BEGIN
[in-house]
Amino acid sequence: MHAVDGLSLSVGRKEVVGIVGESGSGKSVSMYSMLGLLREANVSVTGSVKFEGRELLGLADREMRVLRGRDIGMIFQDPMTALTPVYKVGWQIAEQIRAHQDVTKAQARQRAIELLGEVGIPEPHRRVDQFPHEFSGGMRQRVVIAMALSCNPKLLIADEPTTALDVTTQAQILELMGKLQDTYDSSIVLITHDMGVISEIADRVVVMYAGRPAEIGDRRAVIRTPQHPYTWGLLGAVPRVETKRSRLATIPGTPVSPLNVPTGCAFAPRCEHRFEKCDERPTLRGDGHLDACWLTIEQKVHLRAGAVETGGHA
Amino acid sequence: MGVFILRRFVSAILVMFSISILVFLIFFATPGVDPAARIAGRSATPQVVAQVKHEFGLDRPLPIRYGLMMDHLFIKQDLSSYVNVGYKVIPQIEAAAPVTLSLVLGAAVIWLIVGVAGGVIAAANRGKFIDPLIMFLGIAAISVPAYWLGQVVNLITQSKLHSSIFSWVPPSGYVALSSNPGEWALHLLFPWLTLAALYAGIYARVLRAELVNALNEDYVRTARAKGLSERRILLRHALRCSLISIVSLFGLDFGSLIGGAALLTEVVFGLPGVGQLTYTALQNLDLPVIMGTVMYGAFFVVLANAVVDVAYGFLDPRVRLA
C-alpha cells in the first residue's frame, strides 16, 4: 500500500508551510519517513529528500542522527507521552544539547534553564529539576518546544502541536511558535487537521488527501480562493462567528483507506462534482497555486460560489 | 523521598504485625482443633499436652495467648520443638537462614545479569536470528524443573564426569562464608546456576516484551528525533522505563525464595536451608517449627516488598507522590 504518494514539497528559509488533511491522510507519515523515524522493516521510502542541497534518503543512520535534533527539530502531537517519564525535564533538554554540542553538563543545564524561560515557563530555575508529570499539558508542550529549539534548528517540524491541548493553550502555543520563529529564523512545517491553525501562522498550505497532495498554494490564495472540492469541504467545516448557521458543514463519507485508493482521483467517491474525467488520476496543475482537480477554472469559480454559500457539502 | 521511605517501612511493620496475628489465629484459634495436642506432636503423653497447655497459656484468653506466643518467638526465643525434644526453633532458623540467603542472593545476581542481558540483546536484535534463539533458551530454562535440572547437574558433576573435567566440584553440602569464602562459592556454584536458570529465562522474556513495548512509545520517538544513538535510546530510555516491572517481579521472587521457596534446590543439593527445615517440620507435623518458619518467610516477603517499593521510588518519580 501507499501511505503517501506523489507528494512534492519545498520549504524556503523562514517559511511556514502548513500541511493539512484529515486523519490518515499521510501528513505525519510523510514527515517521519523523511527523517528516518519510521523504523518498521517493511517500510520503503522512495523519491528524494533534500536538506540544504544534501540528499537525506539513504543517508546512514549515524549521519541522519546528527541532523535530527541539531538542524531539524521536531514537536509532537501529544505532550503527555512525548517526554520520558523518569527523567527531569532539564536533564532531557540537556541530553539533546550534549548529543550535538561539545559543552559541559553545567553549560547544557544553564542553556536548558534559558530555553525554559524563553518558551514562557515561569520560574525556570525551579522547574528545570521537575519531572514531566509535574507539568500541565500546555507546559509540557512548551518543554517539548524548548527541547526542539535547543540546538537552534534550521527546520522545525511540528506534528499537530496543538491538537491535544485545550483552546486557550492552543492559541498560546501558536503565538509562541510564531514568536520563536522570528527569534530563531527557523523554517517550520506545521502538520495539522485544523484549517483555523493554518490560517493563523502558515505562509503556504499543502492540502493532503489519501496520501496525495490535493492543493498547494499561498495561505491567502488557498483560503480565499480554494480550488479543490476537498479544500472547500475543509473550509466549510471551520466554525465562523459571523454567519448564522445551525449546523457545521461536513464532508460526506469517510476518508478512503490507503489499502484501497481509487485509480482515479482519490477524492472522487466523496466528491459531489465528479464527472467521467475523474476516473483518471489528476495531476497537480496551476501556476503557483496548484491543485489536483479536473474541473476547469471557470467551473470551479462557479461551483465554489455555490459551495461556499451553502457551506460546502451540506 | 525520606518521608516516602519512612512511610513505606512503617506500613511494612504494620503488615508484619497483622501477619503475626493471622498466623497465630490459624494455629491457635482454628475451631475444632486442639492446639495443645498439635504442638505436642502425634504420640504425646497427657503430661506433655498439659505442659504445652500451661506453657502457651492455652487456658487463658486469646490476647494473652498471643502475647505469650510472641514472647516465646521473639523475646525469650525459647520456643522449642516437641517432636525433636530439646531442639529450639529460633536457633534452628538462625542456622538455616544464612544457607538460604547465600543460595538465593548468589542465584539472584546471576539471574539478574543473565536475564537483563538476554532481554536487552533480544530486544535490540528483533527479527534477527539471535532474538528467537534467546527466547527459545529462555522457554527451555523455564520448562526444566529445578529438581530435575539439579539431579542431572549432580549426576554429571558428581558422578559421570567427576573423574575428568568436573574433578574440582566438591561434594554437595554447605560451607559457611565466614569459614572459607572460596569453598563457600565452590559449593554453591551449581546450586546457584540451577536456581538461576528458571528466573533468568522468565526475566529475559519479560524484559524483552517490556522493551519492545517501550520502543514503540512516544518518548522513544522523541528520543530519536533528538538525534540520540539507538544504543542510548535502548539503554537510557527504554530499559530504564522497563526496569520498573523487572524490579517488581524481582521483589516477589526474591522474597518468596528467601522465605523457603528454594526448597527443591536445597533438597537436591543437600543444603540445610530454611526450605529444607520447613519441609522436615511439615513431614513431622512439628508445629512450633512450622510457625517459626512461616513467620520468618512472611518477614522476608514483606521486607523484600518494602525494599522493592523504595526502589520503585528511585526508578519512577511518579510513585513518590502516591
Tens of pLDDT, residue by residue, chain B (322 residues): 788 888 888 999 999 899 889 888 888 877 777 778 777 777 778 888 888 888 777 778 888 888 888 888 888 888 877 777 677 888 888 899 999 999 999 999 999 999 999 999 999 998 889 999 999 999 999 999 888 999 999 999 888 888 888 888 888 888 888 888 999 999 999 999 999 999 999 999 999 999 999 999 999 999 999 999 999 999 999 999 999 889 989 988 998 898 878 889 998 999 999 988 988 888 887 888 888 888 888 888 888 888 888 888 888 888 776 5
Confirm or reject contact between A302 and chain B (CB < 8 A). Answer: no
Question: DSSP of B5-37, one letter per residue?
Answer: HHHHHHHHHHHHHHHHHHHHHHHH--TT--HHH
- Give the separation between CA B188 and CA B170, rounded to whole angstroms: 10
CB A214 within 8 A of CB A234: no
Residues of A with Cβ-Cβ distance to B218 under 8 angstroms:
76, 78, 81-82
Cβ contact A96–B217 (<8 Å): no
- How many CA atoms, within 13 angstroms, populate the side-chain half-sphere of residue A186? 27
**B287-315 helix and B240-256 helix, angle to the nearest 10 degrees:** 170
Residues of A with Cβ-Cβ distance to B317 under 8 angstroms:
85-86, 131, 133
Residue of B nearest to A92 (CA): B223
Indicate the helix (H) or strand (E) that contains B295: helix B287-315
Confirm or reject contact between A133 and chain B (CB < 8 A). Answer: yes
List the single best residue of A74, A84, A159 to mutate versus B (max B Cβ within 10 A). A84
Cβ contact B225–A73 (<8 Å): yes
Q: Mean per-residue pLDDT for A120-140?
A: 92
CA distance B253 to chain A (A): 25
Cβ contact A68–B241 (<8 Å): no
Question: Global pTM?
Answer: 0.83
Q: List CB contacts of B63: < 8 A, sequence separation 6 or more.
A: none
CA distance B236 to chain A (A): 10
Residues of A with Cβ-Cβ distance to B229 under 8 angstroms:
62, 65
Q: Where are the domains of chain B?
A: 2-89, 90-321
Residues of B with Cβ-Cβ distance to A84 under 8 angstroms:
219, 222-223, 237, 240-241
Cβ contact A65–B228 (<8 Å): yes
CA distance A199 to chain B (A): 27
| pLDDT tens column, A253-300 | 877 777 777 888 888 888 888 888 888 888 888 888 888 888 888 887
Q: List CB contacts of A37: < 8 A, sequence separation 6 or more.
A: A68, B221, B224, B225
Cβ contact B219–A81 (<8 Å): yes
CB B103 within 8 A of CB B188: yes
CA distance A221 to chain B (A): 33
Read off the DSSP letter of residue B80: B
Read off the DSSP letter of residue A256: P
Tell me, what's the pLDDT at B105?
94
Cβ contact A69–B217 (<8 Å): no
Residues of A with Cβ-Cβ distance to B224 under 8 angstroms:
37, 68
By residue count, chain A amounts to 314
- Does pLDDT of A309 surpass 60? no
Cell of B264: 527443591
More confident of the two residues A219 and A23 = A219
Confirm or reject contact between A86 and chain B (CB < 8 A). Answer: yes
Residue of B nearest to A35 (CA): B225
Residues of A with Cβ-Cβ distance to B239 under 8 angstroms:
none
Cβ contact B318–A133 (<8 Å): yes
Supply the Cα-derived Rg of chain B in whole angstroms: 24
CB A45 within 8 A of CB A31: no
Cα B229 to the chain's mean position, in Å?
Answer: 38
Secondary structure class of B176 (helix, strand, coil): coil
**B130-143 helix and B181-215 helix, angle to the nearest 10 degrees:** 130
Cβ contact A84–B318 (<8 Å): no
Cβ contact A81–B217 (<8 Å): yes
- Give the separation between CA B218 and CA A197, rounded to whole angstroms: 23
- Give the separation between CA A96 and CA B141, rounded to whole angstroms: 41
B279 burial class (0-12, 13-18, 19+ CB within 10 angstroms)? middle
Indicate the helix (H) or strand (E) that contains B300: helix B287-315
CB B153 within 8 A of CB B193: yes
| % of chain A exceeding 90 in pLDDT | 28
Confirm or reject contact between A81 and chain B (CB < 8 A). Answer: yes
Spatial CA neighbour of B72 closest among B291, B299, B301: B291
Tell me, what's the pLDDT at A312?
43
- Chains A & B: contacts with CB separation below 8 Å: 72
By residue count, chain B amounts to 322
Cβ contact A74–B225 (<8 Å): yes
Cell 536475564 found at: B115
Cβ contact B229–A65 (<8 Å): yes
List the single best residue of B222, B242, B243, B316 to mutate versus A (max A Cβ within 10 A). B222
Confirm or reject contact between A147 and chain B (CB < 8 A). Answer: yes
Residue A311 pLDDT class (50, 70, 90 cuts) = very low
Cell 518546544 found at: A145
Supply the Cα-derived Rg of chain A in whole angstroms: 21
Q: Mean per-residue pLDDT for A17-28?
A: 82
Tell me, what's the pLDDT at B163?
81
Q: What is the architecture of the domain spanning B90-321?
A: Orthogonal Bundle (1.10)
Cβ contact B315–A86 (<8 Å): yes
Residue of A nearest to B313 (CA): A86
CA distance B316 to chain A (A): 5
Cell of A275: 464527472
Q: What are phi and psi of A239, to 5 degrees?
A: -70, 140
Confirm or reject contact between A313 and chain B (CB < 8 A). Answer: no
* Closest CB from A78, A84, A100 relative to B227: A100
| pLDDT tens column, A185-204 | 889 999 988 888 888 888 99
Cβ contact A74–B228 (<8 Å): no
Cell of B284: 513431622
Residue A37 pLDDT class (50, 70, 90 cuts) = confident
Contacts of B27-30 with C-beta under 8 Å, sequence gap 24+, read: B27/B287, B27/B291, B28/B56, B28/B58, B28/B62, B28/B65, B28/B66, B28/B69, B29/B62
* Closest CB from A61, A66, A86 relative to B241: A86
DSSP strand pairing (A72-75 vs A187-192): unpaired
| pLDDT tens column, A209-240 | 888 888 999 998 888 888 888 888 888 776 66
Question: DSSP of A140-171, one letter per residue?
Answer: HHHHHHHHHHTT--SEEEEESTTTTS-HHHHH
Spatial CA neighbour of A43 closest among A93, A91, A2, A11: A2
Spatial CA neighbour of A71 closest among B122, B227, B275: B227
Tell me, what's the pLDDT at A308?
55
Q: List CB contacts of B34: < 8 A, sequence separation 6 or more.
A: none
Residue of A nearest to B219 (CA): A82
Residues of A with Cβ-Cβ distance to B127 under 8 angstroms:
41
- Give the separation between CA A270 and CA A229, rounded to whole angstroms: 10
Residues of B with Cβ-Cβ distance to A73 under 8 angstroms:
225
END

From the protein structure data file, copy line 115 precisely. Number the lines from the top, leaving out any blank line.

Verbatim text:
Spatial CA neighbour of A71 closest among B122, B227, B275: B227